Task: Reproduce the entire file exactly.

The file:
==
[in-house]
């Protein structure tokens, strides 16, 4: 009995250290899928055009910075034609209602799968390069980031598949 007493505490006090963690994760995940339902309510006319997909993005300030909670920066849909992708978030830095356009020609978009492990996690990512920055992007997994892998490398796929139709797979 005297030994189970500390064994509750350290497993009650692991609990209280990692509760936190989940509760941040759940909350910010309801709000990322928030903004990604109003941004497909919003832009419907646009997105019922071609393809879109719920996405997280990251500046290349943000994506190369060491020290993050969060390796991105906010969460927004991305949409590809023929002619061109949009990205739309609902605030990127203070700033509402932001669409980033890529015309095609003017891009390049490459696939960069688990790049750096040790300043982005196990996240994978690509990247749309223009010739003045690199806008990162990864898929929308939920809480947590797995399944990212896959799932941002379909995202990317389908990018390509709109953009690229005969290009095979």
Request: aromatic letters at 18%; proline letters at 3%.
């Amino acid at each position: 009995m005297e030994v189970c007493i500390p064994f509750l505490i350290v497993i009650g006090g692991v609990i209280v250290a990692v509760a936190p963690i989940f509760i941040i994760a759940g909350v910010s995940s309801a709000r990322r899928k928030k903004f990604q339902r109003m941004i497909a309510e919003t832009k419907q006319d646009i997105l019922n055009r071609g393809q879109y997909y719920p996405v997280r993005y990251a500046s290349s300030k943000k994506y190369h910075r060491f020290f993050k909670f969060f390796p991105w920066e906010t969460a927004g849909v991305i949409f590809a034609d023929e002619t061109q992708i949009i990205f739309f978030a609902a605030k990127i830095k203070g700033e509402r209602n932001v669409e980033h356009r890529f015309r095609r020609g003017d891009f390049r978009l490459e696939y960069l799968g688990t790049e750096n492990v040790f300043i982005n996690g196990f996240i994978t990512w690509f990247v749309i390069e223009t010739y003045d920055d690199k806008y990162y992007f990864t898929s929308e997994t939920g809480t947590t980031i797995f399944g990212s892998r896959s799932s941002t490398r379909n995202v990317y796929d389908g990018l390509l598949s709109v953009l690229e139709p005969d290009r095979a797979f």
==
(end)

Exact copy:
[in-house]
């Protein structure tokens, strides 16, 4: 009995250290899928055009910075034609209602799968390069980031598949 007493505490006090963690994760995940339902309510006319997909993005300030909670920066849909992708978030830095356009020609978009492990996690990512920055992007997994892998490398796929139709797979 005297030994189970500390064994509750350290497993009650692991609990209280990692509760936190989940509760941040759940909350910010309801709000990322928030903004990604109003941004497909919003832009419907646009997105019922071609393809879109719920996405997280990251500046290349943000994506190369060491020290993050969060390796991105906010969460927004991305949409590809023929002619061109949009990205739309609902605030990127203070700033509402932001669409980033890529015309095609003017891009390049490459696939960069688990790049750096040790300043982005196990996240994978690509990247749309223009010739003045690199806008990162990864898929929308939920809480947590797995399944990212896959799932941002379909995202990317389908990018390509709109953009690229005969290009095979």
Request: aromatic letters at 18%; proline letters at 3%.
């Amino acid at each position: 009995m005297e030994v189970c007493i500390p064994f509750l505490i350290v497993i009650g006090g692991v609990i209280v250290a990692v509760a936190p963690i989940f509760i941040i994760a759940g909350v910010s995940s309801a709000r990322r899928k928030k903004f990604q339902r109003m941004i497909a309510e919003t832009k419907q006319d646009i997105l019922n055009r071609g393809q879109y997909y719920p996405v997280r993005y990251a500046s290349s300030k943000k994506y190369h910075r060491f020290f993050k909670f969060f390796p991105w920066e906010t969460a927004g849909v991305i949409f590809a034609d023929e002619t061109q992708i949009i990205f739309f978030a609902a605030k990127i830095k203070g700033e509402r209602n932001v669409e980033h356009r890529f015309r095609r020609g003017d891009f390049r978009l490459e696939y960069l799968g688990t790049e750096n492990v040790f300043i982005n996690g196990f996240i994978t990512w690509f990247v749309i390069e223009t010739y003045d920055d690199k806008y990162y992007f990864t898929s929308e997994t939920g809480t947590t980031i797995f399944g990212s892998r896959s799932s941002t490398r379909n995202v990317y796929d389908g990018l390509l598949s709109v953009l690229e139709p005969d290009r095979a797979f």